Data from the Council of Mortgage Lenders shows first time buyer numbers rose 38 per cent year on year in January 2013, fuelled by schemes like Help to Buy.
Recently though, the Mortgage Market Review’s introduction in April implies changes to the way mortgages are assessed, meaning individuals will need to take a more proactive approach to reviewing their finances. As Aldermore’s Head of Residential Mortgages Charles Haresnape explains, as an industry, mortgage lenders will now be, "Doing a more in-depth analysis of affordability."
These more stringent industry standards mean lenders will be looking beyond basic affordability measures such as salaries to also consider factors including monthly spending habits. For Aldermore, Haresnape predicts, “I don’t see any adverse impact in availability of credit for those that can afford it,” since the Bank has, “been operating largely under those procedures and those guidelines for some considerable period of time.”
Nonetheless, homebuyers must understand how to organise their finances to demonstrate to banks that they are a creditworthy mortgage prospect. This is particularly true as Experian recently discovered 72 per cent of aspiring homeowners had not heard of the MMR, with many of the remaining 28 per cent unclear on its implications.
More worryingly, the survey also found that just 23 per cent had checked their credit score in the past 6 months, and 19 per cent had no plans to prepare their finances for a mortgage application.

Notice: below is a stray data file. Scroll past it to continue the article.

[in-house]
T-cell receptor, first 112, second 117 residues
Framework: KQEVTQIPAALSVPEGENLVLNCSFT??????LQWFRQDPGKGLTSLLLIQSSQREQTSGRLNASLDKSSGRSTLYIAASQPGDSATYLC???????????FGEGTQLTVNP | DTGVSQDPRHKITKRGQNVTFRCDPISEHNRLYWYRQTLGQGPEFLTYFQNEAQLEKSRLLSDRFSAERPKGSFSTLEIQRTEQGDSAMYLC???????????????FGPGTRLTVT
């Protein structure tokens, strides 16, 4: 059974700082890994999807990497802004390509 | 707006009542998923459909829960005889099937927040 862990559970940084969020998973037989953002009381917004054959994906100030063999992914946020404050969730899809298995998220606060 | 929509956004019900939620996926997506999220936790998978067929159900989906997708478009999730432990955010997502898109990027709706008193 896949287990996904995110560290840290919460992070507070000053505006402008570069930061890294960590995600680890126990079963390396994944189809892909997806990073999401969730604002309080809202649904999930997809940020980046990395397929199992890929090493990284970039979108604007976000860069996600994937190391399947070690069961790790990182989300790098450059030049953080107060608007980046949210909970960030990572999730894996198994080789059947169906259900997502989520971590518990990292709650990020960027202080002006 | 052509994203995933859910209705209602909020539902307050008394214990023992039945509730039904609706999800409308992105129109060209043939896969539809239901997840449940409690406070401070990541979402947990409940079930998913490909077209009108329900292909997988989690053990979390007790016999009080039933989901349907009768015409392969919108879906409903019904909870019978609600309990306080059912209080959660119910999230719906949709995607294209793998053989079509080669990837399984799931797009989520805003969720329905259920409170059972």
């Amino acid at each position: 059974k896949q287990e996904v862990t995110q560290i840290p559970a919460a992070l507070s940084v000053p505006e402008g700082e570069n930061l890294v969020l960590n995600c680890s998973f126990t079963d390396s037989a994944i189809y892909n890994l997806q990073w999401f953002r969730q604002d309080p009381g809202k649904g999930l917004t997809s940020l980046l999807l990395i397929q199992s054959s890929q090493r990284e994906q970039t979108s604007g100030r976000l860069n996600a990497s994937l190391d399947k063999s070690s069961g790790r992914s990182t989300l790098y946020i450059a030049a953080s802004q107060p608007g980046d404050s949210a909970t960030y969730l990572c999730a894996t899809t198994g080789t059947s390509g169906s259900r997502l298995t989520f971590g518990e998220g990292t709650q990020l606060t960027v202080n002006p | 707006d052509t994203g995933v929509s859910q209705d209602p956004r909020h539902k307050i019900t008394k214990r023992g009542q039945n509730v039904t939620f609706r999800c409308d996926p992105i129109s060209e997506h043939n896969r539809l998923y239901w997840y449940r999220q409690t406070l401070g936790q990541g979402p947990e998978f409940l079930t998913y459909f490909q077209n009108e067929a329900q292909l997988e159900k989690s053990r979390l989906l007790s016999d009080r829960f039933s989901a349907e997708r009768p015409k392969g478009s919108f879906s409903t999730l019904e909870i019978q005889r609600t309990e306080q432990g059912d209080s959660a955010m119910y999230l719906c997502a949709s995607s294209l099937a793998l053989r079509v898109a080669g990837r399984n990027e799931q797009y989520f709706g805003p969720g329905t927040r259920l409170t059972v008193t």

Responding to these findings, Experian’s Managing Director of UK Consumer Services, Peter Turner, advised: “Time spent preparing your finances now will pay dividends in the future. We’d advise potential homebuyers to look at their financial situation as soon as they make the decision to look for a home, and not just before they apply for a mortgage.” Thankfully, there are a number of ways potential buyers can prove their financial stability to improve their chances of gaining a mortgage.
Joining the electoral roll is the first step towards establishing a credit record, while reining in on non-essential spending in the months prior to applying will show lenders an ability to budget for potential future interest rate rises.
With a firmer grasp on the importance of assessing finances in the run-up to applying for a mortgage , Aldermore hopes to continue to see a growing number of creditworthy British homebuyers purchasing their first home in 2014.
The content published on this website is intended to provide information only. The reader should seek advice from experts on the subject matter and independently verify the accuracy and relevance of any information provided here before relying upon it or using it for any reason. You can view our terms and conditions here.